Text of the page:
Arthropod Systematics & Phylogeny 68(1): 113-142, doi: 10.3897/asp.68.e31718
Revision of the new Australian wolf spider genus Kangarosa (Araneae: Lycosidae: Artoriinae)
expand article infoVolker W. Framenau
Open Access
The new Australian wolf spider genus Kangarosa is revised to include ten species: Kangarosa alboguttulata (L. Koch, 1878) comb. nov., K. focarius sp. nov., K. ludwigi sp. nov., K. nothofagus sp. nov., K. ossea sp. nov., K. pandura sp. nov., K. properipes (Simon, 1909) comb. nov. (= Trochosa tristicula phegeia (Simon, 1909) new synonymy) (type species), K. tasmaniensis sp. nov., K. tristicula (L. Koch, 1877) comb. nov., and K. yannicki sp. nov. The presence of a basoembolic apophysis and the apicad orientation of the tegular apophysis in the male pedipalp identify Kangarosa as member of the subfamily Artoriinae Framenau, 2007. Kangarosa differs from all other artoriine genera by the distinct shape of the tegular apophysis, which forms an elongated hook. The female epigyne has a simple, shallow atrium that extends into a posterior lip. Kangarosa is a typical representative of the Bassian fauna as its representatives occur in the southeastern Australian mainland states, Tasmania and in southwest Western Australia. Here, members of the genus are commonly found in mesic areas, for example along watercourses and in swampy areas, although some species appear to prefer forested habitats. Male pedipalp morphology suggests close affinities of Kangarosa to Tetralycosa Roewer, 1960 in a clade that also includes Diahogna Roewer, 1960 and potentially a further undescribed Australian artoriine genus. Kangarosa is of Gondwanan origin and all but one species are restricted to eastern Australia suggesting the genus diversifi ed after an aridifi cation of Australia in the late Tertiary provided a barrier for dispersal between the eastern and western temperate regions.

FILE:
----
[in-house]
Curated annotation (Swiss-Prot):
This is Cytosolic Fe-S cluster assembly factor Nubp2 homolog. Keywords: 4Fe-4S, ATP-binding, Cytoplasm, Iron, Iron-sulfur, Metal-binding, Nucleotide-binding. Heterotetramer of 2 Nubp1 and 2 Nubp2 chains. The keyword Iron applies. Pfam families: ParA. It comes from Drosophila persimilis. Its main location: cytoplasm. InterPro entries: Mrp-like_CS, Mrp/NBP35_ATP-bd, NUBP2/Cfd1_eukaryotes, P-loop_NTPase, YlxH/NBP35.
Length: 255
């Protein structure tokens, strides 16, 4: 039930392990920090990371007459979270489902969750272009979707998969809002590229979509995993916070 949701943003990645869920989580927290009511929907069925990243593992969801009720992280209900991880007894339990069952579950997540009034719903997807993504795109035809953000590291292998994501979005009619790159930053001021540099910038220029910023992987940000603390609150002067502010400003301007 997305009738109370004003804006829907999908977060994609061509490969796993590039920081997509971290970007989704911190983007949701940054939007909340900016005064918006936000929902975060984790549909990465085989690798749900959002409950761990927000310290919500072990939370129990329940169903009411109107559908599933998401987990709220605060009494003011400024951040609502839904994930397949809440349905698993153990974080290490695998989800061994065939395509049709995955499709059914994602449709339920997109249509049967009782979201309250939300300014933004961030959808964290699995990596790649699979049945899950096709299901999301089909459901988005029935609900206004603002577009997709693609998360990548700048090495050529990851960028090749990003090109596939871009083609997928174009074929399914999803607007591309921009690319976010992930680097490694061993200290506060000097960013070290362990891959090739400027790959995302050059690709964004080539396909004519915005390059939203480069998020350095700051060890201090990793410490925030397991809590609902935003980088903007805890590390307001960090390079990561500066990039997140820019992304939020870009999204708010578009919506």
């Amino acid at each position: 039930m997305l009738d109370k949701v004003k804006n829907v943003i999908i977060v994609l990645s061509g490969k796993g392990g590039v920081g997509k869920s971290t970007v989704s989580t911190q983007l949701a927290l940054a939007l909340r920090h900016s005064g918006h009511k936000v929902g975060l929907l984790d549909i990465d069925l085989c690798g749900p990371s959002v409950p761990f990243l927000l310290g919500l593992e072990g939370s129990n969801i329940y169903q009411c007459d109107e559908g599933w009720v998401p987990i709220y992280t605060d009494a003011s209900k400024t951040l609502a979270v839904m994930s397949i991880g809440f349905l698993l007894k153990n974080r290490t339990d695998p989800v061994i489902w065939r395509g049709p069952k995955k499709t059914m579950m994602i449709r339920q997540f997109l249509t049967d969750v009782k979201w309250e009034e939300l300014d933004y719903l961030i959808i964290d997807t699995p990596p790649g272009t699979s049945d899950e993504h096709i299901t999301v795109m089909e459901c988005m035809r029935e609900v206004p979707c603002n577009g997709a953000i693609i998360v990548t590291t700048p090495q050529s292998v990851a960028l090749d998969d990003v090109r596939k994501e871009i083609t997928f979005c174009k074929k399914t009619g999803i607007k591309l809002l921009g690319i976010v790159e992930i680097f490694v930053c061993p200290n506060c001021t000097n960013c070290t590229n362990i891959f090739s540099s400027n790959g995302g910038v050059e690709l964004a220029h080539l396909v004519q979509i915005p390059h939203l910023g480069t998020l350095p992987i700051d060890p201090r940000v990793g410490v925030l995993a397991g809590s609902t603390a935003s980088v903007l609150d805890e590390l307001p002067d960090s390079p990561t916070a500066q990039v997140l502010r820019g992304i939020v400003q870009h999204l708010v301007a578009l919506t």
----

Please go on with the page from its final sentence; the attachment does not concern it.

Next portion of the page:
Taxonomy, new species, Trochosa, Australasia, Gondwana